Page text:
Purchase this article with an account.
Laura Kuehlewein, Nicole Troelenberg, Krunoslav Stingl, Sebastian Schleehauf, Akos Kusnyerik, Helmut Sachs, Johann Roider, Timothy L Jackson, Robert E MacLaren, Caroline Chee, Barbara Wilhelm, Florian Gekeler, Karl Ulrich Bartz-Schmidt, Eberhart Zrenner, Katarina Stingl; Changes in Microchip Position after Implantation of a Subretinal Vision Prosthesis in Humans. Invest. Ophthalmol. Vis. Sci. 2018;59(9):4561.
Download citation file:
© ARVO (1962-2015); The Authors (2016-present)
Retinal prosthetic devices have been developed to partially restore very-low-vision in legally blind patients with end-stage hereditary retinal dystrophies. Subretinal implants, unlike epiretinal implants, are not attached to the retina by a tack. The aim of this study was to assess and analyze possible changes over time in the subretinal position of the RETINA IMPLANT Alpha IMS and AMS (ClinicalTrials.gov NCT01024803).
Imaging studies were performed on fundus photographs using GIMP (Version 2.8.14). All photographs of the implanted eye were scaled and aligned. If no obvious microchip displacement occurred between any of the visits, the implant was considered stable. In those eyes, in which displacement occurred, landmarks were chosen and distances between landmarks were measured to then calculate the displacement of the microchip using a transformation matrix for rotational and translational movements. Analyses were performed using MATLAB 8.6 (The MathWorks Inc., Natick, MA).
Of the 27 datasets with the Alpha IMS device, 12 (44%) remained stable without displacement of the microchip relative to the optic disc and the major blood vessels, whereas in 15 (56%), displacement occurred. The mean ± SD displacement in those 15 eyes was 0.66 ± 0.35 mm (range, 0.24 - 1.67 mm, Fig. 1). Of the 8 datasets with the Alpha AMS device, 1 (13%) remained stable without displacement of the microchip relative to the optic disc and the major blood vessels, whereas in 7 (87%), displacement occurred. The mean ± SD displacement in those 7 eyes was 0.66 ± 0.26 mm (range, 0.32 - 0.97 mm, Fig. 1).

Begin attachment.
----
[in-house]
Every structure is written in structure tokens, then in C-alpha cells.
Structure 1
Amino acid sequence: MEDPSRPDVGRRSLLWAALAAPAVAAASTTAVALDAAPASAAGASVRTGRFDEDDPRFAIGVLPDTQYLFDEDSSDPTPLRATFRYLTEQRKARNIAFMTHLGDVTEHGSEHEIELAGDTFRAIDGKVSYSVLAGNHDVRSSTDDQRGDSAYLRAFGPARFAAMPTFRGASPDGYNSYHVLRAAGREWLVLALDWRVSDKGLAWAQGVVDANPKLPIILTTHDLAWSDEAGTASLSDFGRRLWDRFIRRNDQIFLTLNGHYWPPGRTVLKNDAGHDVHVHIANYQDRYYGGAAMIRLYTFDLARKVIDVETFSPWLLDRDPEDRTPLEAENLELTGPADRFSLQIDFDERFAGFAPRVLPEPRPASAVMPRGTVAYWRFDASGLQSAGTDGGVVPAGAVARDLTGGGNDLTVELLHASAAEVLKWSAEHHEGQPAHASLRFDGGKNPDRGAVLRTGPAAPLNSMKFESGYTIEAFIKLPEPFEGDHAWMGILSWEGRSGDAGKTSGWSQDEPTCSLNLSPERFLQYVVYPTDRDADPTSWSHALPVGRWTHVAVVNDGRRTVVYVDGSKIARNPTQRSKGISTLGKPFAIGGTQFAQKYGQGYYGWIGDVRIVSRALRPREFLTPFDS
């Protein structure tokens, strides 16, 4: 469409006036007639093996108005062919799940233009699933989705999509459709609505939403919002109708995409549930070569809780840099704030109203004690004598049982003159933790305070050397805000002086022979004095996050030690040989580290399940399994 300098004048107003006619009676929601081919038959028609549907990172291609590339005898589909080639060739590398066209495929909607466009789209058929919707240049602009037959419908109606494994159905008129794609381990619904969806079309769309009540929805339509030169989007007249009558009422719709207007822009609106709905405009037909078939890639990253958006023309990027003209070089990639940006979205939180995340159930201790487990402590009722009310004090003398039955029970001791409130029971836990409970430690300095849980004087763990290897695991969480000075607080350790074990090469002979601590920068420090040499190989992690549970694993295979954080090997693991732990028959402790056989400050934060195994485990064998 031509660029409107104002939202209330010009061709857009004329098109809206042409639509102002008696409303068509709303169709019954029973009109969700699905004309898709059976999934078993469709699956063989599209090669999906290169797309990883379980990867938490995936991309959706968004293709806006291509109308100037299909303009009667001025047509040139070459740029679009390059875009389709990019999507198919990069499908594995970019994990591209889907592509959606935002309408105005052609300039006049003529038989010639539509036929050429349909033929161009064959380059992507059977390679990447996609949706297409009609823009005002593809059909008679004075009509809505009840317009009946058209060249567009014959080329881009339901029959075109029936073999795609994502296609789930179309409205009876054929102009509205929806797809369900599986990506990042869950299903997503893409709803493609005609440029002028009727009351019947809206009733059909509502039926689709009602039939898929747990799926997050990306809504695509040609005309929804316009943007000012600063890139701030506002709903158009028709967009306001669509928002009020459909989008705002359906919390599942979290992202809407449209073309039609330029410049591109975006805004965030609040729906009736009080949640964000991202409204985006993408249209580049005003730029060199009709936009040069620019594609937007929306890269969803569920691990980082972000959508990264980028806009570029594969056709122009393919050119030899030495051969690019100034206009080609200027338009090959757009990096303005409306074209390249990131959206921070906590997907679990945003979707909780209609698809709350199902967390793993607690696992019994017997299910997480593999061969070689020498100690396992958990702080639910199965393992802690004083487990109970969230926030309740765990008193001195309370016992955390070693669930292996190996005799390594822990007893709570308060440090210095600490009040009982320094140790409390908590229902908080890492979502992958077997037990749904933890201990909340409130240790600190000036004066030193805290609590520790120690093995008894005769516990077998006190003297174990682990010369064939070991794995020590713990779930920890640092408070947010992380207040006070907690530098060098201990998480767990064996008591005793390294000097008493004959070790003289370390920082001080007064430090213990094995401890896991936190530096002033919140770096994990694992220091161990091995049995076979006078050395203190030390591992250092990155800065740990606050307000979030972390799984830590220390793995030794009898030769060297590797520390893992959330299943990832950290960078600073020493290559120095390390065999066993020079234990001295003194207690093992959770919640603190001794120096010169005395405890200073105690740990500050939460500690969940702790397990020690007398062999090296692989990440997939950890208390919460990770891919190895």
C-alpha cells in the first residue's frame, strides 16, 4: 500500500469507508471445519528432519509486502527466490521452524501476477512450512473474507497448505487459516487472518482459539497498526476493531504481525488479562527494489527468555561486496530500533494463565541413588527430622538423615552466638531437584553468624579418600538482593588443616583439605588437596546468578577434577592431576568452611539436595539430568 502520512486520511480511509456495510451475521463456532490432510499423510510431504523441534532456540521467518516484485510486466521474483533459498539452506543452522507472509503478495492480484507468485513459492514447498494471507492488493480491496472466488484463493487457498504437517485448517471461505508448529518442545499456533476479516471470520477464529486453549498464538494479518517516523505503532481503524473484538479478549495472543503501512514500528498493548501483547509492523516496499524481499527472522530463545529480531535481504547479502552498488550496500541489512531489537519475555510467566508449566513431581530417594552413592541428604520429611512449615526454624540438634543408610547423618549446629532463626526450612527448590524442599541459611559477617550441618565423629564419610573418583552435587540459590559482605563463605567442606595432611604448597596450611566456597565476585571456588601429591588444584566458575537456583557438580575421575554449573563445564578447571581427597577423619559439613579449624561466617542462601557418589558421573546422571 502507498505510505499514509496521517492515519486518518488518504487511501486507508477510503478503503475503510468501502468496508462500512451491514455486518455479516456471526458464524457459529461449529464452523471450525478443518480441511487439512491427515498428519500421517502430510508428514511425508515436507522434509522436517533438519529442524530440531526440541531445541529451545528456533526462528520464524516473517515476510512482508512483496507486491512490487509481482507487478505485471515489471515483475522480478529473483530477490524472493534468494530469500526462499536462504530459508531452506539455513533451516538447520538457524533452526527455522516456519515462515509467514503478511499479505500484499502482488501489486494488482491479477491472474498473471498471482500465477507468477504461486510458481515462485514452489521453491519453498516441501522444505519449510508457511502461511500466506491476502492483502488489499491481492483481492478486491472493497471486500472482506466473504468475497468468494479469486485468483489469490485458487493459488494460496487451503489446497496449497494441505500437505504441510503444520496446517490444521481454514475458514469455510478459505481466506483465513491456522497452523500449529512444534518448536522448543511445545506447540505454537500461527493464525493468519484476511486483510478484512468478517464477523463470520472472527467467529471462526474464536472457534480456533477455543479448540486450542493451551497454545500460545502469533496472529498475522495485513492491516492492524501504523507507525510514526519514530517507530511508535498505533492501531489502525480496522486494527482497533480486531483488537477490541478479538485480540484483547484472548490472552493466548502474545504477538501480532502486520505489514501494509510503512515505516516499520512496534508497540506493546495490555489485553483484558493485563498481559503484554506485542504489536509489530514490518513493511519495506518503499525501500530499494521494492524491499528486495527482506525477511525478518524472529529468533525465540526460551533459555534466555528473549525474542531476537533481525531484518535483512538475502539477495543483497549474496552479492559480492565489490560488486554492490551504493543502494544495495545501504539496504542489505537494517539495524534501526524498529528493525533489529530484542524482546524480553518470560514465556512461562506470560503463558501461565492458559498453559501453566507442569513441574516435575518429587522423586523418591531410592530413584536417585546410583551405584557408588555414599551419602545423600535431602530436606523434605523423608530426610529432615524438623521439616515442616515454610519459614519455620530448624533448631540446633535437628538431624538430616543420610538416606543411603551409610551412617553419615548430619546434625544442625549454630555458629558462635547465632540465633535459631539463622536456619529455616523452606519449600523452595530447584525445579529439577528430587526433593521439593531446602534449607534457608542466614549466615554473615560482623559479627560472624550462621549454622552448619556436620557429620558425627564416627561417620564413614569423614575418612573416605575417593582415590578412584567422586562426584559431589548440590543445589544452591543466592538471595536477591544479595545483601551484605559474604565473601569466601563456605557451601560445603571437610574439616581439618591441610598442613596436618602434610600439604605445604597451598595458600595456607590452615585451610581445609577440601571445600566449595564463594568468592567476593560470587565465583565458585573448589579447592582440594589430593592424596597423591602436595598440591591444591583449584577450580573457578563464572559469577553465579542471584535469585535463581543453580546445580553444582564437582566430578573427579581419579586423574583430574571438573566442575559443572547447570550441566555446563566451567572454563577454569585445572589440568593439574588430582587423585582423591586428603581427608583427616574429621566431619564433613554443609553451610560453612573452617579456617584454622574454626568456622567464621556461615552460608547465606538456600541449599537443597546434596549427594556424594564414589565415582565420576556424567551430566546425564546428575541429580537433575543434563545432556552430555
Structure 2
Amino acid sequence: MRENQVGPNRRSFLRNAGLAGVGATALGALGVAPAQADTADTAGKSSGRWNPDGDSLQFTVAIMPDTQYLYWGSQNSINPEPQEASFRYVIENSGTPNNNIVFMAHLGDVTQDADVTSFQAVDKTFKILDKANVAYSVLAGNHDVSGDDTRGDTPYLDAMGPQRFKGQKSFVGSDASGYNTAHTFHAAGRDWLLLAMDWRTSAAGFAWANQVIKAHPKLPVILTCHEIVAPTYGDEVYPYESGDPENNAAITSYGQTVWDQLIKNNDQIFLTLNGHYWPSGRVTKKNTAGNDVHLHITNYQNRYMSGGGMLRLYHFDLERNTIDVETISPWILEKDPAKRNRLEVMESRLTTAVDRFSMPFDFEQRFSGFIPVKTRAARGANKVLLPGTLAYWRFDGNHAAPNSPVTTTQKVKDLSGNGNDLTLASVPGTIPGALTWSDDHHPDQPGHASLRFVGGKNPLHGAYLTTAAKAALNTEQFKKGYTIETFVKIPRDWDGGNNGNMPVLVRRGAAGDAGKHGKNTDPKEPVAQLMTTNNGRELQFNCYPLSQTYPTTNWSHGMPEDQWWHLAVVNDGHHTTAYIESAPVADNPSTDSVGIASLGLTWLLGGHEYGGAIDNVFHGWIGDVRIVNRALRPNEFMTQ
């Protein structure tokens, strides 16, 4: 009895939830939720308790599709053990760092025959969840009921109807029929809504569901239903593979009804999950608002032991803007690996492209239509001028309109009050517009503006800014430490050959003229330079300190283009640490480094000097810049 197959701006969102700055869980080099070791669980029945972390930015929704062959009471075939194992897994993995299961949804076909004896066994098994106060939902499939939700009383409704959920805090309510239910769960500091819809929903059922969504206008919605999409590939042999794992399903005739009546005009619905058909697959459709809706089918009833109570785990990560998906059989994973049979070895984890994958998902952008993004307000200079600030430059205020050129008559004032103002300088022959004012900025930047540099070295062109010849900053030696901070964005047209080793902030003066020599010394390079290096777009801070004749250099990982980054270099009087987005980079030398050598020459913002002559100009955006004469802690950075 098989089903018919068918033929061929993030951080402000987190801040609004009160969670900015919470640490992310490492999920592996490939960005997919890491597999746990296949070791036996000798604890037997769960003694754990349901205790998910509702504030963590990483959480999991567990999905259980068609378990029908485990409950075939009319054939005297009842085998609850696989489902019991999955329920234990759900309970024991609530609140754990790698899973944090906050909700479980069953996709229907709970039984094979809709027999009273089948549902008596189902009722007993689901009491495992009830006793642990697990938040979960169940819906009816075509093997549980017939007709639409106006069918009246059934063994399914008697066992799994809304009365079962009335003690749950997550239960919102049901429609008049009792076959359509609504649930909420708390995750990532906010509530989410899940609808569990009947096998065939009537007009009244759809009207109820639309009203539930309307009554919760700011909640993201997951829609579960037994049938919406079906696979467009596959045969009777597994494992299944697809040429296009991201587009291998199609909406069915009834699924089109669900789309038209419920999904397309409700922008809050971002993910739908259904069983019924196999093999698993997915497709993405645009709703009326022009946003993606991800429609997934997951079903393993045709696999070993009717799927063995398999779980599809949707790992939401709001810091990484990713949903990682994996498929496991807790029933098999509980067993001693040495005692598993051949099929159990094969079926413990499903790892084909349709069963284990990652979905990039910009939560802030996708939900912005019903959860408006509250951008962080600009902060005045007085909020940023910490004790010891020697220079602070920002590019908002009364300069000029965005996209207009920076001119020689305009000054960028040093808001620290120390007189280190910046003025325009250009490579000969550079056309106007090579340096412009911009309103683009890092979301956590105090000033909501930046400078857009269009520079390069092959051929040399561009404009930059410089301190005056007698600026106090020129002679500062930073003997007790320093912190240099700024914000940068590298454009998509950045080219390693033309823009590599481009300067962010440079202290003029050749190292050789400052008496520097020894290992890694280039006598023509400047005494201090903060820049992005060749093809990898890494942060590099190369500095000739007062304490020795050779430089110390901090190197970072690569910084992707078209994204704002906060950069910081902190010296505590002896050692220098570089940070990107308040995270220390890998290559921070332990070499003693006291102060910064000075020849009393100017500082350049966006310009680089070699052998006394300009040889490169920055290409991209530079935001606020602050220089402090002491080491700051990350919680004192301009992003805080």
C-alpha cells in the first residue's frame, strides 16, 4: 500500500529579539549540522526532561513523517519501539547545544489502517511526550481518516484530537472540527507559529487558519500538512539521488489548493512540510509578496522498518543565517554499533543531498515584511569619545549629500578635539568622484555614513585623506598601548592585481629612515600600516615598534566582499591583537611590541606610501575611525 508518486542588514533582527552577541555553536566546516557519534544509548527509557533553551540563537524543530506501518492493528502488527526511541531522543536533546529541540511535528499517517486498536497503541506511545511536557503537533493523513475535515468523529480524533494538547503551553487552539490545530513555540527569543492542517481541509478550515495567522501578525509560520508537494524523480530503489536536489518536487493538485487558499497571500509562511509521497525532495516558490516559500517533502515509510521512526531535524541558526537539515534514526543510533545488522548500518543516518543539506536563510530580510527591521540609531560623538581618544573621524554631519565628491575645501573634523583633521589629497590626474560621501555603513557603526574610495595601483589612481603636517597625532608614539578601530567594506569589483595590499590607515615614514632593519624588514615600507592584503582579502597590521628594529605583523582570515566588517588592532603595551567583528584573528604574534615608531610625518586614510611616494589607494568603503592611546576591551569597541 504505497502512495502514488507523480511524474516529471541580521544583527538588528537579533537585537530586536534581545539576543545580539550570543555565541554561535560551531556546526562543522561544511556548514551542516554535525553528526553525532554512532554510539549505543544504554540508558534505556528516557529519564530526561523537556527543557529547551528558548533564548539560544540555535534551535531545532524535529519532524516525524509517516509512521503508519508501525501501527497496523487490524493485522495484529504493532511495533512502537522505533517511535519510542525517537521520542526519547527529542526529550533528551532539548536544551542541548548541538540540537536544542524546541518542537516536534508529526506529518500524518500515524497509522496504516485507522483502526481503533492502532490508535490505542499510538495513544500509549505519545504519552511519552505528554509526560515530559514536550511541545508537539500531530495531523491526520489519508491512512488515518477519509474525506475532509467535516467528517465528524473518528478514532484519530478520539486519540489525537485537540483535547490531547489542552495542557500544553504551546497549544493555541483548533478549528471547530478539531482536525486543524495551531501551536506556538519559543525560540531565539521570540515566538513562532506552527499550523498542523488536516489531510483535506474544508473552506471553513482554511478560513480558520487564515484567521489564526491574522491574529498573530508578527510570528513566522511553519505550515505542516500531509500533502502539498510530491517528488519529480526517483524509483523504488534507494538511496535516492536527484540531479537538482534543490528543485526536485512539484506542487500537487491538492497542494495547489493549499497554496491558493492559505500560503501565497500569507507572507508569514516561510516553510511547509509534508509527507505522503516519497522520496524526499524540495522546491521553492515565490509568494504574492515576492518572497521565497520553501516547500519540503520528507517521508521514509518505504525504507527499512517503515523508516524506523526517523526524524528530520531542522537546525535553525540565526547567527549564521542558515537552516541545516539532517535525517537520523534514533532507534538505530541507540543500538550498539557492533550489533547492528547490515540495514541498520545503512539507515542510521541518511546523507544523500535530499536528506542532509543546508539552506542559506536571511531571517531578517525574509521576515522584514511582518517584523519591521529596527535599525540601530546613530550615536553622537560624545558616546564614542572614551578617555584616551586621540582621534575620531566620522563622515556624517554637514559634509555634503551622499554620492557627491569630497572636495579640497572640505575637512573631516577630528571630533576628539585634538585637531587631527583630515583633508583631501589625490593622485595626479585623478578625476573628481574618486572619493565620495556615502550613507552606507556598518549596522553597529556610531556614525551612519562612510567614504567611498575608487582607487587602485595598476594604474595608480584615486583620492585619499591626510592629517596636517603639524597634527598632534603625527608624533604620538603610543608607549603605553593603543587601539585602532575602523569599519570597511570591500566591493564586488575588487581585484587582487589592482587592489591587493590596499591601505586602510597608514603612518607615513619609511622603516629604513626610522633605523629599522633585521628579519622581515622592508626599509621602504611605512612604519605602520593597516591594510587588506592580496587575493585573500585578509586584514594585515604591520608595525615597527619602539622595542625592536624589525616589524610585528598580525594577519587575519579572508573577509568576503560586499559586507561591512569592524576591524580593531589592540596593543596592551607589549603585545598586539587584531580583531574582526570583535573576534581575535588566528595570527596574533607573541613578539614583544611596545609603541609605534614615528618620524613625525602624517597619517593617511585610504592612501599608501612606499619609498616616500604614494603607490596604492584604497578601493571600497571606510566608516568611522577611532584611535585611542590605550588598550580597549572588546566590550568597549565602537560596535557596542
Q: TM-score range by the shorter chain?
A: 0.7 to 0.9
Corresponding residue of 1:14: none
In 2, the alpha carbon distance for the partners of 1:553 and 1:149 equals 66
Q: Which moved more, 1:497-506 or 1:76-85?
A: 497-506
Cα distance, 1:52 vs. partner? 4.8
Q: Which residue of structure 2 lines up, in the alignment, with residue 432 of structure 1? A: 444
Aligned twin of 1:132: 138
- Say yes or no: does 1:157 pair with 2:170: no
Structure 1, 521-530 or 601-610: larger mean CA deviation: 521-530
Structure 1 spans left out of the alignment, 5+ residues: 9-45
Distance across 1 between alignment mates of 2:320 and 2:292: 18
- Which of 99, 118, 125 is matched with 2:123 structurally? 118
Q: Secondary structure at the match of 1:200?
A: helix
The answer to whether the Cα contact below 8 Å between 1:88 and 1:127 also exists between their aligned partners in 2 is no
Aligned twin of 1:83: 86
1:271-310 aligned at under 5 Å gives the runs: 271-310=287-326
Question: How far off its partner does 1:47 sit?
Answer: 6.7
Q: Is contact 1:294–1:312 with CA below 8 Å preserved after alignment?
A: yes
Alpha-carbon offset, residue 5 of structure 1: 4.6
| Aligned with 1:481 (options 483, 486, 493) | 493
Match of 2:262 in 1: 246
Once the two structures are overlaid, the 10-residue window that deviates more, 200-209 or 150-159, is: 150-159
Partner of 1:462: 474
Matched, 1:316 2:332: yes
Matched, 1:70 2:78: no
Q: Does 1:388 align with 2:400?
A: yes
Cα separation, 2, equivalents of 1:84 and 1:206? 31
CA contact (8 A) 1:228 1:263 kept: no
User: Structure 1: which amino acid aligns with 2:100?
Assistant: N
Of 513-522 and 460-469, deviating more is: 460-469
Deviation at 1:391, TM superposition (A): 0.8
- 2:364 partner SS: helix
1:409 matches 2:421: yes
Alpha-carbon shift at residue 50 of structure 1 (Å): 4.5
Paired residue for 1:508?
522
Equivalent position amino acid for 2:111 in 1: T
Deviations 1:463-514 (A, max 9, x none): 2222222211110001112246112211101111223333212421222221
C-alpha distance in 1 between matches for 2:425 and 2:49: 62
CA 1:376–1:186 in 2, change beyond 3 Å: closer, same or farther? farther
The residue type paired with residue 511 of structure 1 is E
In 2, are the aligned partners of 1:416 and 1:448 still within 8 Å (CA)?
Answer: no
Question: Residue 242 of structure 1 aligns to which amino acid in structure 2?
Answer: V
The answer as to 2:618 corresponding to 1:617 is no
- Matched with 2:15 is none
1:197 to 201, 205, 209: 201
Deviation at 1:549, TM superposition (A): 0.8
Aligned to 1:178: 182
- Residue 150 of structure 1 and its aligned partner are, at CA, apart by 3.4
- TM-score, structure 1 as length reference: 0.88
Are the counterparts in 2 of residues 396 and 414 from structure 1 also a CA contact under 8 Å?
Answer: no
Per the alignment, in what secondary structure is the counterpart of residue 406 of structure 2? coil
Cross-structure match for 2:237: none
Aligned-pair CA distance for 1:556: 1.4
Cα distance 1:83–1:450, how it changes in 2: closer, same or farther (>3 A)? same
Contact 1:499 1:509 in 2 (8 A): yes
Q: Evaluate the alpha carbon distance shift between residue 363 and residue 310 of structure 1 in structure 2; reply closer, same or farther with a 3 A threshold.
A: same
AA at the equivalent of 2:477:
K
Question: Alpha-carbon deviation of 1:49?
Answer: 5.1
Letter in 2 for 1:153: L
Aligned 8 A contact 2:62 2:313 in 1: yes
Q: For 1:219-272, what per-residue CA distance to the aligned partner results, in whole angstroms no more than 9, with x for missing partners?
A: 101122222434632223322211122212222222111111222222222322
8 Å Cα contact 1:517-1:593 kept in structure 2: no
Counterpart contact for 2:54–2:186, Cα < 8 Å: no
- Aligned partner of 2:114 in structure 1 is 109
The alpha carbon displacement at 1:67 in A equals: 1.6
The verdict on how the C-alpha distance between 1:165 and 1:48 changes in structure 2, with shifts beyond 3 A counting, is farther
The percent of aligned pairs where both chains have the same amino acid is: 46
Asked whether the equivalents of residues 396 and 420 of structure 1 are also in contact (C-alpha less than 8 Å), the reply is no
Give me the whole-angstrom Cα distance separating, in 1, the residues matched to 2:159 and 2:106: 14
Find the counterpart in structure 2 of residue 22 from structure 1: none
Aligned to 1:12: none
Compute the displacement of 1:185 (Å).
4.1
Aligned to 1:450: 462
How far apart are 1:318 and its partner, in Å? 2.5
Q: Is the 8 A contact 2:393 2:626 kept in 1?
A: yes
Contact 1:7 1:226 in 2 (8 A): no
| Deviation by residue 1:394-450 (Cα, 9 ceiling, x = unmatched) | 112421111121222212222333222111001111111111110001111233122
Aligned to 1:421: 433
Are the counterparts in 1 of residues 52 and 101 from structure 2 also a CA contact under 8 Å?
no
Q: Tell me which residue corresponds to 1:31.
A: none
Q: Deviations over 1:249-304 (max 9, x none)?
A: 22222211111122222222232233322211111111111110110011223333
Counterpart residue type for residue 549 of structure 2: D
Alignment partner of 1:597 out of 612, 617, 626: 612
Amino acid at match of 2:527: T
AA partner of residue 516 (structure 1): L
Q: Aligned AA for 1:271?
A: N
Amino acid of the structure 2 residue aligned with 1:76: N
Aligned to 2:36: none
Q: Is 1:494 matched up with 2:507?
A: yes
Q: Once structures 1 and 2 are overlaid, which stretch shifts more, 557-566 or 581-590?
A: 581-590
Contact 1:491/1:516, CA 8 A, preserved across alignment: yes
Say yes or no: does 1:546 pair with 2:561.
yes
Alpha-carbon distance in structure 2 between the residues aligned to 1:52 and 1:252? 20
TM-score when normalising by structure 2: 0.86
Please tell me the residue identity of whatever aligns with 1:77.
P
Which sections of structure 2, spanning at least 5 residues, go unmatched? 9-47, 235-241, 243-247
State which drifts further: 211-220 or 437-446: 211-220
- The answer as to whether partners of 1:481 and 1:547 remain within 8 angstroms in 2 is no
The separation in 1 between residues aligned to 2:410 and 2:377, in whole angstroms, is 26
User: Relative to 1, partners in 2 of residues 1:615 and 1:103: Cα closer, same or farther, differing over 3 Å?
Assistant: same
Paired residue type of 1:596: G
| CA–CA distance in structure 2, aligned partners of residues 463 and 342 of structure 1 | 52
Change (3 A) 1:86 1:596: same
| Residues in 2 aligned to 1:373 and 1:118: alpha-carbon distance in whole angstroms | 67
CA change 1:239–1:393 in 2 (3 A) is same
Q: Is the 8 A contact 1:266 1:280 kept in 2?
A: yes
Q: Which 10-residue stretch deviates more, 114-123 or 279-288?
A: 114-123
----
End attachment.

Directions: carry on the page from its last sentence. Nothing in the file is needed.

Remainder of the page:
In this study, we assessed postoperative changes in the position of the RETINA IMPLANT Alpha IMS and AMS in 36 eyes, which constitutes for a rather large cohort given the number of patients in which RETINA IMPLANT Alpha IMS or AMS surgery has been performed until now. We show that the subretinal position of the visual implant can change after implantation in some patients, but the overall mean displacement of the chip remains minor.
This is an abstract that was submitted for the 2018 ARVO Annual Meeting, held in Honolulu, Hawaii, April 29 - May 3, 2018.
Fig. 1 Mean movement (mm) of the RETINA IMPLANT Alpha IMS and AMS after implantation in those eyes, in which displacement occured (N = 15 for Alpha IMS and N = 7 for Alpha AMS). Note that there is no difference in the mean between the two cohorts (0.66 mm).
This PDF is available to Subscribers Only